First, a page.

Bill Walton

Larry Becker Contemporary Art

A contradictory relationship to a Minimalist esthetic creates both visual tension and much that is poetically demanding in Bill Walton’s new work. In an exhibition entitled “Letters, Memos,” 13 pieces were divided into two rooms, each offering a different perspective on installation art, and a variation on ways of recording and communicating fragments of experience. The viewer’s response to the objects, apparently simple geometric forms, was partly determined by the physical aspects of the installation. Individually, the piece tracked the relationship between memory and experience; collectively, these would-be-mute forms offered themselves as an accumulation of the hard remains of feelings once felt. Most of the pieces were small, recalling standard 8 1/2-by-11 inch paper, physical representations of the letters and memos referred to in the title of the exhibition.

The objects were made of wood, iron, and copper treated with graphite, oil paint, or brass leaf. Their dense physicality suggested a compression of feeling born of work and time. It was Walton’s attention to the surface of these materials, the subtle presence of the artist’s touch, that first broke their silence. In the front room of the gallery, two of the pieces hung on the wall; seven more were placed on the floor, making them seem even smaller but enhancing their relationship to each other. One looked down on them as if they were a part of nature, a field of blocks and bars, considered and yet random in their arrangement. Configured in stacks or acting as weights, the simplicity of these forms belied their capacity to resonate beyond themselves. Their presence brought out the rich texture of the old wooden boards; the metal heat vent in the floor became as integral a part of the installation as the objects themselves.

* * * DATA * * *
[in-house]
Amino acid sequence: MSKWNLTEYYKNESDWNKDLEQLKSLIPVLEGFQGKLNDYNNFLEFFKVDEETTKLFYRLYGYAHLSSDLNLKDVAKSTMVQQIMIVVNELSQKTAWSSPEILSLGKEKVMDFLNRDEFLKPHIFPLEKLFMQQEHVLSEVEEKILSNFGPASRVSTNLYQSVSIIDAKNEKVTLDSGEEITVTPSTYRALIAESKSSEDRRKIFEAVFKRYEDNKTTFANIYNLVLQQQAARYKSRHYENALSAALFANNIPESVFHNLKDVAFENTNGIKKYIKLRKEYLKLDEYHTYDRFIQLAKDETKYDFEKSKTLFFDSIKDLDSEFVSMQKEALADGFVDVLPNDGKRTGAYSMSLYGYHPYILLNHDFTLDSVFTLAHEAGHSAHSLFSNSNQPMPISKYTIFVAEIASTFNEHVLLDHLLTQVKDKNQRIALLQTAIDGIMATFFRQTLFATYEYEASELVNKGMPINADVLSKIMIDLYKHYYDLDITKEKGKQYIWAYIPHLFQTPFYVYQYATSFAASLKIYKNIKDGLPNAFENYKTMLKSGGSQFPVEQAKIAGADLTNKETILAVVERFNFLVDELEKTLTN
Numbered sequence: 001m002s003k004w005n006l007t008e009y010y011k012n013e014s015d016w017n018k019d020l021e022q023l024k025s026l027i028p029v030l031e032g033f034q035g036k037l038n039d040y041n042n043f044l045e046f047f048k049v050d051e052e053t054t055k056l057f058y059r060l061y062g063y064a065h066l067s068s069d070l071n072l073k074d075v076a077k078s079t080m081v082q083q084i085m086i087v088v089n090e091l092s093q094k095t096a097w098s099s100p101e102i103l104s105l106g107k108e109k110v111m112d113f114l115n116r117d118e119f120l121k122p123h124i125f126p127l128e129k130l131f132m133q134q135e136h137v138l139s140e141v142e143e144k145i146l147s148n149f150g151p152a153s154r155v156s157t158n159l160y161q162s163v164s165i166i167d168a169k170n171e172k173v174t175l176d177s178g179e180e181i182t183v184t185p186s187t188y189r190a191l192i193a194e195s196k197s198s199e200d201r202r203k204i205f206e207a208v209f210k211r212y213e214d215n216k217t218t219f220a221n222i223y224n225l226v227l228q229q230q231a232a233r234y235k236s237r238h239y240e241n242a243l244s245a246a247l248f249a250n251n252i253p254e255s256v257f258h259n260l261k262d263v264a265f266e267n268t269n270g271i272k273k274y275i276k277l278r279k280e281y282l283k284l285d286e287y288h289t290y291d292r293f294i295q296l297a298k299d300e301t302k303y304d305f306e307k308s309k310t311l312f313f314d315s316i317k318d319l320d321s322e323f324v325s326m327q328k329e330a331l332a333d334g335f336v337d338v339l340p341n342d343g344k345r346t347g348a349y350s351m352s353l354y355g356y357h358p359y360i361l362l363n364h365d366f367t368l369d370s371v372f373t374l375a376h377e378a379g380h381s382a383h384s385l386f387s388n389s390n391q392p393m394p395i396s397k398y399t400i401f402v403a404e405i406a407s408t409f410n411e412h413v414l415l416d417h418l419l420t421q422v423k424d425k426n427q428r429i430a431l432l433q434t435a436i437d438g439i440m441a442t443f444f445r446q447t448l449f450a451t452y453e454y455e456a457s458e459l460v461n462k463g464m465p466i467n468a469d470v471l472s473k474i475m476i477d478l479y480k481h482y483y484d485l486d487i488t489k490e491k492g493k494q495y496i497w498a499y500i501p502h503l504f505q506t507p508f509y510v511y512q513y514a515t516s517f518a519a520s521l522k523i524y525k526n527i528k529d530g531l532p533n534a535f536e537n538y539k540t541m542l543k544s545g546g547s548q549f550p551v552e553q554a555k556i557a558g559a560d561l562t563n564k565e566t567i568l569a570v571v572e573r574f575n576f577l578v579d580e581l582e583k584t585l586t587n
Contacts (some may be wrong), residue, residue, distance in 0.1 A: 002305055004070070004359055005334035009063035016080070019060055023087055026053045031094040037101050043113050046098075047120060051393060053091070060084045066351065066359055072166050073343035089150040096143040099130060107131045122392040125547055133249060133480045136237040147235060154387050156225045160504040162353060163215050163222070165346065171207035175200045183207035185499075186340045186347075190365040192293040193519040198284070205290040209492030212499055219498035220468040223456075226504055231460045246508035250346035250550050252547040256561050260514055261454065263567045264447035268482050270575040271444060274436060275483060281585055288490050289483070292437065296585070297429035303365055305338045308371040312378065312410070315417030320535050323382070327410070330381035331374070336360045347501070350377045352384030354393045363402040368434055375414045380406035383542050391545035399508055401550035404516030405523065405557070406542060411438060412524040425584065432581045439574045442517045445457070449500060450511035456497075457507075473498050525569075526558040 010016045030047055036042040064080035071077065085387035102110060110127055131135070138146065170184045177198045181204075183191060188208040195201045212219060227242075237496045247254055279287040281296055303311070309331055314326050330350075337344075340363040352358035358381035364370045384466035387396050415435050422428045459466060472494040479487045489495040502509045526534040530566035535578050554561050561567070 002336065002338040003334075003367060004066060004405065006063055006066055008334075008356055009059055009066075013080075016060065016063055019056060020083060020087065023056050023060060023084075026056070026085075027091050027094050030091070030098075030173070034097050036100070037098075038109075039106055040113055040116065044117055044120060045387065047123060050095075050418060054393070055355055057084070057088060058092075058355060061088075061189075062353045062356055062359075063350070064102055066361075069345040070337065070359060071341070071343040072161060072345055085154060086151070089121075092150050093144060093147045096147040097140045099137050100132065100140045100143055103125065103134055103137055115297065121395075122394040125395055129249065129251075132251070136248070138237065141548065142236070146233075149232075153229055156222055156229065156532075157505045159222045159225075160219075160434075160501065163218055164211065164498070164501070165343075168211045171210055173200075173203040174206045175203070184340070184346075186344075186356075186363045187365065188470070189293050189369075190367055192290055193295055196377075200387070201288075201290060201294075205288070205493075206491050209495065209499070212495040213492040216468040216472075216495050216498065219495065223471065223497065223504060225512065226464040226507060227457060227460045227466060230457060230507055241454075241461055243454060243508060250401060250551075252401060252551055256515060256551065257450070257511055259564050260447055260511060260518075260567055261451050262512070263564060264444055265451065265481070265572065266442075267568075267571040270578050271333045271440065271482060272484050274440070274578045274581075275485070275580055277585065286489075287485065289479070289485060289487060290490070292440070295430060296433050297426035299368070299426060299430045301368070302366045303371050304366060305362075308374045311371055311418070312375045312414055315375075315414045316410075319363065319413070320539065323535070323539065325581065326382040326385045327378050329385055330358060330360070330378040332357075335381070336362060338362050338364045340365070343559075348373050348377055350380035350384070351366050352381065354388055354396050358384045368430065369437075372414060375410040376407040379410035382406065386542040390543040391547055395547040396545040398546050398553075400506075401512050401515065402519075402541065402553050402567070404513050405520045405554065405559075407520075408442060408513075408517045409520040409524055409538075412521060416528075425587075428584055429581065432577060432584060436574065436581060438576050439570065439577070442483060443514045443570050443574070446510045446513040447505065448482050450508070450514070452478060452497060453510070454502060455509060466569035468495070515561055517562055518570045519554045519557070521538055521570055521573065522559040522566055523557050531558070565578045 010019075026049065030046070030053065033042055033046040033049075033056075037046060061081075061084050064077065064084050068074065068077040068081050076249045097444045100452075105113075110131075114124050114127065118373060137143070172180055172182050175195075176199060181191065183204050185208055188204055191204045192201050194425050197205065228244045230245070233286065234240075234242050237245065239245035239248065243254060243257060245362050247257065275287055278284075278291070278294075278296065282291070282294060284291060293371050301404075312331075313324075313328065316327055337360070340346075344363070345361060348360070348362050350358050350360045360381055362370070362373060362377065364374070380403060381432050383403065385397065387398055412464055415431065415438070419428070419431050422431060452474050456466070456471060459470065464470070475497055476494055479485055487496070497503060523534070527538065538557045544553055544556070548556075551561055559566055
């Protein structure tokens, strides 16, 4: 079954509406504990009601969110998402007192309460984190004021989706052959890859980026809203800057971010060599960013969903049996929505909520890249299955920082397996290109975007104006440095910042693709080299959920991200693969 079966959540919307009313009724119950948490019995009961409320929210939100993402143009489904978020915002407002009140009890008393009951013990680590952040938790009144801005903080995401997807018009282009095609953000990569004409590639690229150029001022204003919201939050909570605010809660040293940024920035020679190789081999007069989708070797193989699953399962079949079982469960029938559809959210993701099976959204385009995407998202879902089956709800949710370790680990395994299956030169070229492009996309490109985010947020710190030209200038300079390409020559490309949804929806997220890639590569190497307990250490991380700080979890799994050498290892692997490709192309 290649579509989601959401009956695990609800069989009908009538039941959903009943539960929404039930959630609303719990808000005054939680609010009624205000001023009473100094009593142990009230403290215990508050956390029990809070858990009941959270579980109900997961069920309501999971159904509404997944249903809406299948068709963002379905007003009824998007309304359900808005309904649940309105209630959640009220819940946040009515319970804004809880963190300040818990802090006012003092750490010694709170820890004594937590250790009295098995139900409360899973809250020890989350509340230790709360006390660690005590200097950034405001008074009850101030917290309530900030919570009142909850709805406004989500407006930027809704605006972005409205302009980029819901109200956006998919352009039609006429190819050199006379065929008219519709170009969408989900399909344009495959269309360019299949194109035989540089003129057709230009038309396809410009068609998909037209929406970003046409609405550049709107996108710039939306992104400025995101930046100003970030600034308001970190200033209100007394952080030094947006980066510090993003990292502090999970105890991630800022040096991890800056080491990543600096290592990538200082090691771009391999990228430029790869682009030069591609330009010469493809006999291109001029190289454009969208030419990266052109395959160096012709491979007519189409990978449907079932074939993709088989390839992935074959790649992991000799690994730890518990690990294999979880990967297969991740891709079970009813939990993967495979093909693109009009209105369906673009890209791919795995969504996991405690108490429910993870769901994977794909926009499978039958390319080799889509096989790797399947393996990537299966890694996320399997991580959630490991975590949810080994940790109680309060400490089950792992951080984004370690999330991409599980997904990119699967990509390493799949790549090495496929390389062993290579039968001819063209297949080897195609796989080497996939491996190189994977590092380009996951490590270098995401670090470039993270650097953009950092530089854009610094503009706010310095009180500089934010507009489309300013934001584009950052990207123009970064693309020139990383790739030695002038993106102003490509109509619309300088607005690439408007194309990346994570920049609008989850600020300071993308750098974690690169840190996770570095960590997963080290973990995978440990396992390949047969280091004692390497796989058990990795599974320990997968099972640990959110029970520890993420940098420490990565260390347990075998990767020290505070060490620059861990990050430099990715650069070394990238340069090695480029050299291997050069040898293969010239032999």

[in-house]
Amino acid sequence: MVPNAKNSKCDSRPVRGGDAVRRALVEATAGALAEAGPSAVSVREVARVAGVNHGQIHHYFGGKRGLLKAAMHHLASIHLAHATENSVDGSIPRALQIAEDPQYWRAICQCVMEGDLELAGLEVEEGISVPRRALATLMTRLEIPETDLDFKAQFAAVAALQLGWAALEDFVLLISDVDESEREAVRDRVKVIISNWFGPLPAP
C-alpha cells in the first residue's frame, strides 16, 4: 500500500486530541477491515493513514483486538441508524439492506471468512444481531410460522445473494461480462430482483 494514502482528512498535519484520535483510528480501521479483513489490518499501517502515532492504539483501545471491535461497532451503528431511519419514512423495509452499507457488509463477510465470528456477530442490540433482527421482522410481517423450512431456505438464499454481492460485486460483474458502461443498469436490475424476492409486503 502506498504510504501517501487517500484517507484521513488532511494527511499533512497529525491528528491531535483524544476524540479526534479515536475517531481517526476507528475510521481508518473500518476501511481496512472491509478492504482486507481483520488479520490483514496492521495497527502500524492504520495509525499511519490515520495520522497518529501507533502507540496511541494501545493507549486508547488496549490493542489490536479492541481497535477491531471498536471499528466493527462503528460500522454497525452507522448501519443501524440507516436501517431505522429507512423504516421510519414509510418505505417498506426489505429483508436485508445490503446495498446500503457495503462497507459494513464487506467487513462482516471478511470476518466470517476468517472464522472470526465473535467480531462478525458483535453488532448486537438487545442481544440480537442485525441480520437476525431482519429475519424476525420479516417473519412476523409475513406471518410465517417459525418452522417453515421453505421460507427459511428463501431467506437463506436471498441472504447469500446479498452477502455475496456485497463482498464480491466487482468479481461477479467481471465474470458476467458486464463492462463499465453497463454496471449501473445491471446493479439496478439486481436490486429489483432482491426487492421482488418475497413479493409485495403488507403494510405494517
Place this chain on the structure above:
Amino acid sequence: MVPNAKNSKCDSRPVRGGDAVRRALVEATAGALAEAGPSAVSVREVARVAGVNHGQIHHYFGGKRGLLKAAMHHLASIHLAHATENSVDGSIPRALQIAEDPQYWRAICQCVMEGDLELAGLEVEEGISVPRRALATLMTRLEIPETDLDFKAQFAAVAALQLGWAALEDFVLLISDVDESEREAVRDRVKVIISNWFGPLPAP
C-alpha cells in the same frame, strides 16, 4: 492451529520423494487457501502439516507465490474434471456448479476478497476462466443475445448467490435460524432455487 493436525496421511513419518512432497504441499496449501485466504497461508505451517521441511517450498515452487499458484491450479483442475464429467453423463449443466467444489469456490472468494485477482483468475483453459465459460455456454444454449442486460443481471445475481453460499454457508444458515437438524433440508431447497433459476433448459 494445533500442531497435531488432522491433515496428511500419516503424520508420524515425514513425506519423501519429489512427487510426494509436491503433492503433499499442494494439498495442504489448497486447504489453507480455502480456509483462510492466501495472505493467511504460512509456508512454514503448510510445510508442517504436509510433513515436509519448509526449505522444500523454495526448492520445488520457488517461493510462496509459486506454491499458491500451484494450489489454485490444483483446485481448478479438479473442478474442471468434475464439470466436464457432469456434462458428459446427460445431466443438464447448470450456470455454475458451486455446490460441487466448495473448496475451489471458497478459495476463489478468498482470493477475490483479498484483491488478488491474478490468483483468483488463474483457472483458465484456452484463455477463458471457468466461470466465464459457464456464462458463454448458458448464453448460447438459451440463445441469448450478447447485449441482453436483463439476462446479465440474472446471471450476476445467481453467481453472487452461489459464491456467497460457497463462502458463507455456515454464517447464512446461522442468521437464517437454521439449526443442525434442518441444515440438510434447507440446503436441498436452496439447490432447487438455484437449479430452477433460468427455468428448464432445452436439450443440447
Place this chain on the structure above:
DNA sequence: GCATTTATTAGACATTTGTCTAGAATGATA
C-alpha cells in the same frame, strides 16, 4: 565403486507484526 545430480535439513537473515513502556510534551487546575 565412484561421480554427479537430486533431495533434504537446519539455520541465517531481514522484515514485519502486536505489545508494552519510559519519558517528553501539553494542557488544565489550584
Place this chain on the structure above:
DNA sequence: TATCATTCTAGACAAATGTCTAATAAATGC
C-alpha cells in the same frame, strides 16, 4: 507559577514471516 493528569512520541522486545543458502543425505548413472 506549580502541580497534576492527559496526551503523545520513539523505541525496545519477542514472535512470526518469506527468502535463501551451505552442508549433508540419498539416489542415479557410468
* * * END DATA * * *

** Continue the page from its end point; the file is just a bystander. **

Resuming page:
In the rear gallery space, the four remaining pieces represented an internal alternative to the rambling landscape created by the works displayed in the frontroom. Here, again, two of the pieces were hung on the walls, like short lines drawn, one horizontal and one vertical, an architectural shorthand for shelf and window that transformed the gallery space into a room of the mind. A sense of possibility was born out of emptiness, as if it were Thoreau’s room. An empty small iron-and-copper table for one stood on the floor. Near it, a long weight of wood covered with graphite held down a small stack of iron “memos” as they leaned against the wall. The severity of the autonomous object was modulated through absence; pure presence had grown metaphorical wings.

Eileen Neff